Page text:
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Office of the Press Secretary

For Immediate Release September 29, 1994


President Clinton has nominated Richard P. Conaboy as Chair, and Michael Goldsmith, Wayne A. Budd and Deanell R. Tacha as members of the U.S. Sentencing Commission.

The Honorable Richard P. Conaboy of Pennsylvania was nominated in 1979 by President Carter to serve as a federal judge in the Middle District of Pennsylvania. He became Chief Judge in 1989 and took senior status in September 1992. Prior to becoming a federal judge, he served for seventeen years as a judge on the Lackawanna County Court of Common Pleas. During his last year of service with that court, he served as presiding judge. From 1979 to 1982, Judge Conaboy served as Chair of the Pennsylvania Commission on Sentencing. He also served on the Pennsylvania Joint Council on Criminal Justice, the Pennsylvania Conference of State Trial Judges and on the Pennsylvania Governor's Justice Commission.

Wayne A. Budd of Massachusetts is a senior partner at Goodwin, Procter & Hoar in Boston, Massachusetts. Immediately prior to joining that firm, Mr. Budd served as the Associate Attorney General of the United States. Previously, Mr. Budd served for three years as the U.S. Attorney for the District of Massachusetts. A past President of the Massachusetts Black Lawyers Association, Mr. Budd was the first African-American to lead a state bar association when he became President of the Massachusetts Bar Association.

The Honorable Deanell R. Tacha of Kansas was nominated for appointment to the Tenth Circuit by President Reagan in 1985. Prior to her service on the federal bench, Judge Tacha was a Professor of Law and Vice Chancellor of the University of Kansas. She served as a judicial advisor to the Sentencing Commission, reviewing and commenting upon proposed amendments. Currently, Judge Tacha chairs the Judicial Conference's Committee on the Judicial Branch which is responsible for many of the issues relating to the judiciary's relationship with Congress. Judge Tacha is the author of the leading Tenth Circuit opinion regarding the application of the guidelines.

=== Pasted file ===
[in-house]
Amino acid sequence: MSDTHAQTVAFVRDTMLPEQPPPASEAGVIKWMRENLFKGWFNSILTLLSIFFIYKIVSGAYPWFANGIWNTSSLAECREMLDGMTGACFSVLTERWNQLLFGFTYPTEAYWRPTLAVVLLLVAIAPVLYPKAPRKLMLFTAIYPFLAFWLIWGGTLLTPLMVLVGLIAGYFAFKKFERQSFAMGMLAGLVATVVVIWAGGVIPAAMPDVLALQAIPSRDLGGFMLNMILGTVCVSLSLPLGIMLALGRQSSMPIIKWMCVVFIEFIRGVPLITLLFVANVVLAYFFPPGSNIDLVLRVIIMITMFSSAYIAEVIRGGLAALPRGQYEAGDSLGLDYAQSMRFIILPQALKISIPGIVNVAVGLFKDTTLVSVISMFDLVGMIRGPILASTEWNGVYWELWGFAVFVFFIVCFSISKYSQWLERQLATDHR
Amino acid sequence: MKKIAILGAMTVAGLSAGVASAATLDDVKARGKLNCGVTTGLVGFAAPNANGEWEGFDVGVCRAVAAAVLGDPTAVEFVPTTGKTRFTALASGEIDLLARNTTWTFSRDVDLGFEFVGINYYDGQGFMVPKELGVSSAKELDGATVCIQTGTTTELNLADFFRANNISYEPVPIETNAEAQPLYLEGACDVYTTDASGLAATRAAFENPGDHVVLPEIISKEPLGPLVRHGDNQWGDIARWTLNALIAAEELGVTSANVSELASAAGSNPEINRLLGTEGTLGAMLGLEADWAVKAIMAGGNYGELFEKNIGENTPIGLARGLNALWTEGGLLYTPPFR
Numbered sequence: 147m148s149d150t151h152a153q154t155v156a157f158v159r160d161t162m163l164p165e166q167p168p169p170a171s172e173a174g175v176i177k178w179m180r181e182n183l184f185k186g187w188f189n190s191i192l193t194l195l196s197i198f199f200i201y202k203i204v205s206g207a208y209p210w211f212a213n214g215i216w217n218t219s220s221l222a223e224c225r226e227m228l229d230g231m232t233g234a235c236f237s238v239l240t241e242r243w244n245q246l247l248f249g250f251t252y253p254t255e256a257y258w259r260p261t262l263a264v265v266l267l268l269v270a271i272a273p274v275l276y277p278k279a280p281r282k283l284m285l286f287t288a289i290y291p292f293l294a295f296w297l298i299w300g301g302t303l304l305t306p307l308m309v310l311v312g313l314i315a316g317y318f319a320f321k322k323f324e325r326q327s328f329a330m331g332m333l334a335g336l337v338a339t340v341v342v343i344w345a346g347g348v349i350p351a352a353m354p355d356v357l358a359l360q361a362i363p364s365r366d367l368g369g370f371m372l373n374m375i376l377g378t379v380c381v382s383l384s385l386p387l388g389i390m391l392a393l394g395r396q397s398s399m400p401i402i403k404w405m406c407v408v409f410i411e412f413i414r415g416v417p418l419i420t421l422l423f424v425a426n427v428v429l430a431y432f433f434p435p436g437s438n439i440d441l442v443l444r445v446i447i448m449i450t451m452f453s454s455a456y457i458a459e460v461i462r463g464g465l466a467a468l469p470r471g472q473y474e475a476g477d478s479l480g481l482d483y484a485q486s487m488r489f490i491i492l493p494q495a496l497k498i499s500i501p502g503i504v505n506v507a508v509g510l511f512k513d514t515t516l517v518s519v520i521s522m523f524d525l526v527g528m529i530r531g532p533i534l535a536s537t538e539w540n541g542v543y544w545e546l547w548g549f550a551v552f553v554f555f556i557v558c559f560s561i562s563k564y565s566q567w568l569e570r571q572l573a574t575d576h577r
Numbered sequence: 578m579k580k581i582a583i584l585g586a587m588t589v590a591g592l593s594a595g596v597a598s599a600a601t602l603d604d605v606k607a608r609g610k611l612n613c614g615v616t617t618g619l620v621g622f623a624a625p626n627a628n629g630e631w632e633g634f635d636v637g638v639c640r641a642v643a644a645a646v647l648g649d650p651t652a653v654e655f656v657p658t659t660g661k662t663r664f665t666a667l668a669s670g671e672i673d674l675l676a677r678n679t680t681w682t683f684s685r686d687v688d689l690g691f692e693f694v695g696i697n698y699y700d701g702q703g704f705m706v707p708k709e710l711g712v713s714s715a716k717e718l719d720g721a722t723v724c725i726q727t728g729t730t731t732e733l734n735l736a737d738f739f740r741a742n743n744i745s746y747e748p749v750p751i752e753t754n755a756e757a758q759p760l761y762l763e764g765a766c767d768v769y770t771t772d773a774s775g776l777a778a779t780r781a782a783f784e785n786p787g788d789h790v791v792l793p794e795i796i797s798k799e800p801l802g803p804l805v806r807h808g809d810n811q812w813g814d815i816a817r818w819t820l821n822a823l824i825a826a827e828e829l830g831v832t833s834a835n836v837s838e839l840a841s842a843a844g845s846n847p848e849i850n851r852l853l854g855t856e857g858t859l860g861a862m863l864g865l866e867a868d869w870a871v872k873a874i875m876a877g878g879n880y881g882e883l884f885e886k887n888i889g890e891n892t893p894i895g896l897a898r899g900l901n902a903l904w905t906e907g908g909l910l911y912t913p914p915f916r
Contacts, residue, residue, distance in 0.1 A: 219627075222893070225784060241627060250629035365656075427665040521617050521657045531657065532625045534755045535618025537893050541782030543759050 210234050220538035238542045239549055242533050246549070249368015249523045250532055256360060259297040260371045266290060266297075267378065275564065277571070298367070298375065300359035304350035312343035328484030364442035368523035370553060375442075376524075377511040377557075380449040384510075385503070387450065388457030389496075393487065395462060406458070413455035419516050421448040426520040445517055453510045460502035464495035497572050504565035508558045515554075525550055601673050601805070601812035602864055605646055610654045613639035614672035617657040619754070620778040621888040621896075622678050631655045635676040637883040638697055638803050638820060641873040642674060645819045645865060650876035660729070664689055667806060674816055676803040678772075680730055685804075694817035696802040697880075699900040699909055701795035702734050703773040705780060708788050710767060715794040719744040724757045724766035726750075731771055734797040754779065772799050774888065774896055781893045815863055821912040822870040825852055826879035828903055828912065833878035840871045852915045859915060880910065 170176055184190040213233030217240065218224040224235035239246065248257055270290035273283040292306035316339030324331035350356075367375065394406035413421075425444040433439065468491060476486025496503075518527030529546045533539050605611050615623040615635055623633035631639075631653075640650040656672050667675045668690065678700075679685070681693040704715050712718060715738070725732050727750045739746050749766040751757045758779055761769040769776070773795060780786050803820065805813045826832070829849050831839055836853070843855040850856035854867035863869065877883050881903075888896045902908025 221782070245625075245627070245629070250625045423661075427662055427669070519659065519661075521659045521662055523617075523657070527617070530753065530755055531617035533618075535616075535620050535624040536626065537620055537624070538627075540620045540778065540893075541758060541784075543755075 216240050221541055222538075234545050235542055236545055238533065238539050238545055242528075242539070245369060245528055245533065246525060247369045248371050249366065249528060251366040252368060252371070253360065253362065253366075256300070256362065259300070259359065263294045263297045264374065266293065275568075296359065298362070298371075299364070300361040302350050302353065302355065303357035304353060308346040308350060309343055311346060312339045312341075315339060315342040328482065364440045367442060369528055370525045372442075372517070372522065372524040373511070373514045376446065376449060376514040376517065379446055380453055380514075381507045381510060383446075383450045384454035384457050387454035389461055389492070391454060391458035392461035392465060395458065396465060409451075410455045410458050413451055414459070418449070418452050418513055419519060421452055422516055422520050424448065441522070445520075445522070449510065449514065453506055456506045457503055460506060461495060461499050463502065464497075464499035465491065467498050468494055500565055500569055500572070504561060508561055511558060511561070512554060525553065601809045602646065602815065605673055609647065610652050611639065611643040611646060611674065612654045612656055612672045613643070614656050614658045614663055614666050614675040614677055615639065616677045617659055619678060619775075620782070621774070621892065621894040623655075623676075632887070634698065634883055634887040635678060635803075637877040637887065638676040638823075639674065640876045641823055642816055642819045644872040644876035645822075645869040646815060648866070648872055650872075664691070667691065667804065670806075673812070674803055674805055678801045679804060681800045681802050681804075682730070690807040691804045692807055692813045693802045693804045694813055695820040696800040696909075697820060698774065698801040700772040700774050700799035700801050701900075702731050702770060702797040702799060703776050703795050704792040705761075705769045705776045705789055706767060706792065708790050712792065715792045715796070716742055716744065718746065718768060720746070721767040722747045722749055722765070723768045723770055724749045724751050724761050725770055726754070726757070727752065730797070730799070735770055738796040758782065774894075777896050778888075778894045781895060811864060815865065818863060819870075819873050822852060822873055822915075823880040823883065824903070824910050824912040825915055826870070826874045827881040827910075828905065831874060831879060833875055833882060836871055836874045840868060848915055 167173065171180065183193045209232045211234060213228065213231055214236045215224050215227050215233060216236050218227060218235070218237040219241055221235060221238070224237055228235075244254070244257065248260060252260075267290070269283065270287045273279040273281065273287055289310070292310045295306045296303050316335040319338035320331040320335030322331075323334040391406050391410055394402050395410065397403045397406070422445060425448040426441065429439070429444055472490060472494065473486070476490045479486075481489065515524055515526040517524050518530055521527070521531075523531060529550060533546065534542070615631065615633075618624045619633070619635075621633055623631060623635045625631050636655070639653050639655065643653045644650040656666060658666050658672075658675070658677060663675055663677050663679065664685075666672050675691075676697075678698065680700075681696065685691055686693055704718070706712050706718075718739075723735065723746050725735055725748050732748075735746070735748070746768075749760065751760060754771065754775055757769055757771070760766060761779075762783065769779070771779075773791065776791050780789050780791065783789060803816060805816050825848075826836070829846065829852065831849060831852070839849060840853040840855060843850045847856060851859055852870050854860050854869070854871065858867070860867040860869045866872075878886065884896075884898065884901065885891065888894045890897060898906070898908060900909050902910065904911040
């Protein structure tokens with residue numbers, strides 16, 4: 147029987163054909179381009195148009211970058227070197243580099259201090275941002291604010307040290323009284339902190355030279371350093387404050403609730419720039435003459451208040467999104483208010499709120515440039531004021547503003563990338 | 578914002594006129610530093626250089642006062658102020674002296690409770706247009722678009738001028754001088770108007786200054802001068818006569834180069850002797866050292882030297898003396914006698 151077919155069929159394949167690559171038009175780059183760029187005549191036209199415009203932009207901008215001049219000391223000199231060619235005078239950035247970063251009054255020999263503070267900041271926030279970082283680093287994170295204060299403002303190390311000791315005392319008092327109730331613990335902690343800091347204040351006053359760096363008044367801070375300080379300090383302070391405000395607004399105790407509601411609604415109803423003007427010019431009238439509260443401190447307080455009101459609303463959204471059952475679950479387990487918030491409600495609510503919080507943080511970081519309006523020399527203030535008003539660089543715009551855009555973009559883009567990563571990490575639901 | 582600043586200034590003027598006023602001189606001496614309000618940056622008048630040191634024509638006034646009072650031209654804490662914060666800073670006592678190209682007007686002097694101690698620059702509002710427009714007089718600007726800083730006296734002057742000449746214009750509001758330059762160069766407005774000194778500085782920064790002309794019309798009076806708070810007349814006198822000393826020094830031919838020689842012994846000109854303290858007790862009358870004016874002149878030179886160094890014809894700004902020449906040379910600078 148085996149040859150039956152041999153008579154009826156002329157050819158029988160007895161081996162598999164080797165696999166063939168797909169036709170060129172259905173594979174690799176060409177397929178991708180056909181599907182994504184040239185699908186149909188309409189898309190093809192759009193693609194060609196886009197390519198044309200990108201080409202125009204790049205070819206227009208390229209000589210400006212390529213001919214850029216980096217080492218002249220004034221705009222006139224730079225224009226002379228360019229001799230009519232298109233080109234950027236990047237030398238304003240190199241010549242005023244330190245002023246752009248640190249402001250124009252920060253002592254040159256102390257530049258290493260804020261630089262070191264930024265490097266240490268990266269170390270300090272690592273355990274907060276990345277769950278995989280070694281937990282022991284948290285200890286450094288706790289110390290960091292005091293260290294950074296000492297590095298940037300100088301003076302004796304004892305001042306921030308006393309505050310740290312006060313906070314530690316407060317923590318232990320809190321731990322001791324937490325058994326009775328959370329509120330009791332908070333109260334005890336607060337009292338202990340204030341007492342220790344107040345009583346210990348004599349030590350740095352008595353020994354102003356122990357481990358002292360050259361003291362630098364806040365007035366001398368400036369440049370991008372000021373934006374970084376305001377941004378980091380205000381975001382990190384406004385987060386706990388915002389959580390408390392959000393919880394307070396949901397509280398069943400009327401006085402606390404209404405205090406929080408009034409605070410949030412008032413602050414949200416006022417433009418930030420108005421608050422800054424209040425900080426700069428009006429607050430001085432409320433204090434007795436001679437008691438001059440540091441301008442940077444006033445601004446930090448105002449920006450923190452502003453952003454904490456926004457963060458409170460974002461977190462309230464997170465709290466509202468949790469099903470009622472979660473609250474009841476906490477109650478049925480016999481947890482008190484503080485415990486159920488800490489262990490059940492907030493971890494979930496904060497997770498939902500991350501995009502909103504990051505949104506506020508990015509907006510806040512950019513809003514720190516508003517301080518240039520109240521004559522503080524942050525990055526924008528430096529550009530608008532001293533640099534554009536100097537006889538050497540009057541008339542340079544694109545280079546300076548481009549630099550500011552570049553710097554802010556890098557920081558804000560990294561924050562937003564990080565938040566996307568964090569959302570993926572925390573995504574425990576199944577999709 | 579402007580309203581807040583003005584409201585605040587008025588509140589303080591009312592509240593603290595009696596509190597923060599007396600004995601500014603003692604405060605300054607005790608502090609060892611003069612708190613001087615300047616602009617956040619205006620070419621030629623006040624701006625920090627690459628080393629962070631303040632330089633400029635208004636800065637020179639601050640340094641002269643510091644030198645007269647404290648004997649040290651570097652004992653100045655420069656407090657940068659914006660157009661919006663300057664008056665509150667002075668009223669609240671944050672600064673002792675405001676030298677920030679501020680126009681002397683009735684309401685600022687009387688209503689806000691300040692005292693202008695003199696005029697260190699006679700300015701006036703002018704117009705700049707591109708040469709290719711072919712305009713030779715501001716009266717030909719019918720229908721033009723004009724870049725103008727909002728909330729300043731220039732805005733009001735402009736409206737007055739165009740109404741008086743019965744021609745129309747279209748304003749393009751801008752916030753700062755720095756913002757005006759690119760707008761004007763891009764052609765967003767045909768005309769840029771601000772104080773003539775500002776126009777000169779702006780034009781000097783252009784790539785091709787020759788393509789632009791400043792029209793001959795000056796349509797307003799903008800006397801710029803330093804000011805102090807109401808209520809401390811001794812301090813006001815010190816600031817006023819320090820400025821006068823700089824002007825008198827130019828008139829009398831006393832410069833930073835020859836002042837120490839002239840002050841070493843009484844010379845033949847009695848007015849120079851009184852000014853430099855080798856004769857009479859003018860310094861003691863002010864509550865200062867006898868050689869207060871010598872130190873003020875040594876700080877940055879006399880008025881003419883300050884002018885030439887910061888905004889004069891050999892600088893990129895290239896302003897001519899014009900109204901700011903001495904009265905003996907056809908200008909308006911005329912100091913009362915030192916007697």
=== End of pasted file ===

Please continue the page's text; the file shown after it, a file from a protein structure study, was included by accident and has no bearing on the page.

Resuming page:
Michael Goldsmith of Utah is a Professor of Law at Brigham Young University (BYU), where he teaches courses on RICO, criminal procedure, evidence and complex criminal investigations. Prior to his work at BYU, Professor Goldsmith taught at Vanderbilt Law School, served briefly as Assistant U.S. Attorney, worked as Counsel to the New York Organized Crime Task Force, and served as the Senior Staff Counsel for the U.S. House of Representatives Select Committee on Assassinations. Professor Goldsmith has written extensively on a wide range of criminal law topics, including sentencing and federal guidelines.

The U.S. Sentencing Commission, an independent agency in the judicial branch of government, was created by the Sentencing Reform Act of 1984. The Commission, which is comprised of seven voting members, is responsible for promulgating guidelines to be applied by federal judges when sentencing criminal offenders